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Landfill Gas Project is First for World Bank in China

July 5, 2007

Beijing, July 5, 2007 -  The World Bank has signed its first greenhouse gas reductions agreement in China from a landfill gas project.  The Shuangkou Landfill Gas Project located in Tianjin Municipality will recover landfill gas from the Shuangkou landfill and utilize the recovered gas for electricity generation.


The landfill was the first modern sanitary landfill in Tianjin and receives an average of 800-1000 tons of household waste a day.  By the end of 2006 more than 1.6 million tons of household waste had been landfilled.  The project developer, Tianjin Clean Energy and Environmental Engineering Company Ltd (TCEE) will collect landfill gas, half of it methane which has 21 times the global warming potential of carbon dioxide, with the other half made up of carbon dioxide and other gases. It will generate electricity by installing a landfill gas collection system, an electricity generation system and a gas flaring system on site. Under the agreement signed with the World Bank, TCEE will sell 635,000 tons of carbon dioxide equivalent greenhouse gas emission reductions to the Spanish Carbon Fund managed by the World Bank.

"Tianjinis the first landfill gas project the Bank has done in China and is a prototype of what could be",said Greg Browder, Senior Environmental Engineer and Task Leader of the project"There are 87 cities in China with a population of one million or more. The residents of these and other large cities discard significant quantities of waste that will emit methane in a disposal site. The potential for landfill gas projects like Tianjin is enormous."


The landfill gas project is expected to start by early 2008. The gas will be collected in pipes from a series of wells where waste has been deposited.  The collected gas will be transported in pipes to a central facility where it will be burned to produce electricity for sale to the North China Power Grid.


"As a renewable energy project, the Tianjin Shuangkou Landfill Gas project will provide societal, economical and environmental benefits and result in a positive impact on global climate", said the head of Tianjin Clean Energy and Environmental Engineering Co., Ltd.  " With its approval in China and with the emission reductions purchase agreement signed, the project is now on its way to being registered as a Clean Development Mechanism project."


Landfill gas is the fourth largest contributor to non-carbon dioxide greenhouse gas emissions. Landfill gas recovery and use for energy can make an important contribution to reducing methane emissions.




The Kyoto Protocol and the Clean Development Mechanism (CDM)

The Kyoto Protocol provides an opportunity for the Organization for Economic Co-Operation and Development (OECD) countries to reduce greenhouse gas emissions and at the same time help developing countries and economies in transition invest in climate friendly technologies and infrastructure.   The Protocol’s Clean Development Mechanism (CDM) and Joint Implementation (JI) provide an element of flexibility for the industrialized countries to meet their obligations under the Protocol to reduce greenhouse gas emissions by on average 5.2 percent below their 1990 levels by 2010.   In so doing, the Protocol provides an incentive for those seeking lower cost emission reductions to leverage the flow of private capital and privately-held clean technology from North to South.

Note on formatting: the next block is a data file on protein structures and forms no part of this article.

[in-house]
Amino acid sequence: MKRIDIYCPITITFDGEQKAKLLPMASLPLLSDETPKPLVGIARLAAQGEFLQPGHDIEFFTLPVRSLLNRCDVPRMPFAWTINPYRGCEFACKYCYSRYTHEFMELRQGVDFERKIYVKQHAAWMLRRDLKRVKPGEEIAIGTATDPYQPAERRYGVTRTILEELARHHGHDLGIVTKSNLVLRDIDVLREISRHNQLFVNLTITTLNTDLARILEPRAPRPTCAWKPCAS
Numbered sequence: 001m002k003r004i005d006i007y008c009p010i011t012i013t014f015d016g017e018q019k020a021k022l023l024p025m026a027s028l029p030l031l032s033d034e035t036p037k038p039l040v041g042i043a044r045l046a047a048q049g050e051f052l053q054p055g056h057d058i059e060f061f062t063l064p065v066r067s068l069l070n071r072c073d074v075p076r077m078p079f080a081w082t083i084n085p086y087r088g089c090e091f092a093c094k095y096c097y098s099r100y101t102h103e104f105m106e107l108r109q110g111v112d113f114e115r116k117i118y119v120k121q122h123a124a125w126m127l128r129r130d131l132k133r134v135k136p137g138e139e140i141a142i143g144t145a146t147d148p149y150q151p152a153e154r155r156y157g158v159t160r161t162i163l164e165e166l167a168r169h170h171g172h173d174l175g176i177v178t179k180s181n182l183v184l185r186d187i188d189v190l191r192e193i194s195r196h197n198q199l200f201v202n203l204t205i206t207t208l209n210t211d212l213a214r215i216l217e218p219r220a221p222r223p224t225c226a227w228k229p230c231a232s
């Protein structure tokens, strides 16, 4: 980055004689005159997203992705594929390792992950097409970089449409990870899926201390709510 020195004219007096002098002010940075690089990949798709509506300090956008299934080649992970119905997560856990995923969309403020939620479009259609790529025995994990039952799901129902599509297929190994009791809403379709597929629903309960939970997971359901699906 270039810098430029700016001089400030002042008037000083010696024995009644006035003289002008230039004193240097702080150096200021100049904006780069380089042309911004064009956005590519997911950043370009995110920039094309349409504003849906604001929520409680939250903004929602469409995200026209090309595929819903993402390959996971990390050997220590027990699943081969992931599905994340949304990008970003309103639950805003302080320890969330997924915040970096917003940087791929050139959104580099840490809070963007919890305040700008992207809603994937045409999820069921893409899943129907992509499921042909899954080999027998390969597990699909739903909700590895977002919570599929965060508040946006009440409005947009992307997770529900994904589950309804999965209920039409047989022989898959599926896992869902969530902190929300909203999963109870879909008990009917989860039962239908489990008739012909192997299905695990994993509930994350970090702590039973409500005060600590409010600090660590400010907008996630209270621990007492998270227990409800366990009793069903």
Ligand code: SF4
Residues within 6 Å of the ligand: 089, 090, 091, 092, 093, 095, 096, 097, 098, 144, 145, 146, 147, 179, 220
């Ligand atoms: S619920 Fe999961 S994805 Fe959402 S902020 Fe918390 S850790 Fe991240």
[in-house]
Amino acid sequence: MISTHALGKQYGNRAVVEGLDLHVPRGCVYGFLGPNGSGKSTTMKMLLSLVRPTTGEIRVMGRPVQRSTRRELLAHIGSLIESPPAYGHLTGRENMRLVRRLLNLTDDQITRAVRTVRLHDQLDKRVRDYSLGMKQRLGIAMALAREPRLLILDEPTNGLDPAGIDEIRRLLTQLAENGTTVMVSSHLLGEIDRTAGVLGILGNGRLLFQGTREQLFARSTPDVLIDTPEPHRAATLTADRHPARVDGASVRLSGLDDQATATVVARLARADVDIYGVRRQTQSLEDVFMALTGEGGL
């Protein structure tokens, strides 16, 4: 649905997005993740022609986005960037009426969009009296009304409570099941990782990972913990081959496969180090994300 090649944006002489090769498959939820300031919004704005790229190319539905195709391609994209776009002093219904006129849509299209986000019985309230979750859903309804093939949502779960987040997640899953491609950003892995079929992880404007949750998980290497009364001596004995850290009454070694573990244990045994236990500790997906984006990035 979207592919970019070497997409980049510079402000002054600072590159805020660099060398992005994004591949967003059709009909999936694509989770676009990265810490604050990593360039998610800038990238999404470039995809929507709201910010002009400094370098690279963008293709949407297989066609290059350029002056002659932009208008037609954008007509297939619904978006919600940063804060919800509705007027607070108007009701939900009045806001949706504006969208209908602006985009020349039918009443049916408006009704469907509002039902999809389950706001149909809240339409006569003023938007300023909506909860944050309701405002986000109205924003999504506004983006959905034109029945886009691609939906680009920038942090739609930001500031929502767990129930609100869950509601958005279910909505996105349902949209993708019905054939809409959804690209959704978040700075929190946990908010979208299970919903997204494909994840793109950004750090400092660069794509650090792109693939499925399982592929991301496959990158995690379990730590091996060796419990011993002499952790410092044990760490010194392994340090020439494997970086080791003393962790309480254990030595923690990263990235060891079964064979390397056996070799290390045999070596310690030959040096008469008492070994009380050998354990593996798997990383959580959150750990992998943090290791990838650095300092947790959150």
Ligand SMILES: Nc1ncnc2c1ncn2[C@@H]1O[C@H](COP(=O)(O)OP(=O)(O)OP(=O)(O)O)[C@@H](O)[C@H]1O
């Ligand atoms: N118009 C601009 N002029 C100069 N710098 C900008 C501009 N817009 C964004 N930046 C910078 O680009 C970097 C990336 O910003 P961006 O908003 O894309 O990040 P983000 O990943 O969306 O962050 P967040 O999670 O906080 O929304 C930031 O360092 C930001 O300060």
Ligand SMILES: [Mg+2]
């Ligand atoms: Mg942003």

The Carbon Finance Business

Carbon finance is the general term applied to financing that seeks to purchase greenhouse gas emission reductions (“carbon” for short) to offset emissions in the OECD.   Commitments of carbon finance for the purchase of carbon have grown rapidly since the first carbon purchases began less than 10 years ago.   Volumes are expected to continue to grow as countries that have already ratified the Kyoto Protocol work to meet their commitments, and as national and regional markets for emission reductions are put into place. Trading started in the European Union in January 2005 with the Emissions Trading Scheme (ETS).




TianjinClean Energy and Environmental Engineering Co., Ltd. (TCEE)

Shuangkou landfill is under the control of the Tianjin Solid Waste Treatment Centre, which is a division under the Tianjin Environmental Sanitation Commission. TCEE is a newly formed company under the Tianjin Construction Commission, and authorized jointly by Construction Commission and Environmental Sanitation Commission to implement Shuangkou landfill gas recovery and utilization project as the project developer and operator, and as the project emission reductions seller.




The Spanish Carbon Fund

The Spanish Carbon Fund (SCF) is the carbon buyer of this project. International Bank for Reconstruction and Development (“World Bank”), as Trustee of the Spanish Carbon Fund, signed the emission reductions purchase agreement with the project developer, TCEE. The Spanish Carbon Fund (SCF) was created in 2005. With a capital base of US$202.7 million, the SCF will purchase greenhouse gas emission reductions from projects developed under the Kyoto Protocol to mitigate climate change. The SCF will promote renewable energy and energy efficiency projects in developing countries and countries with economies in transition.

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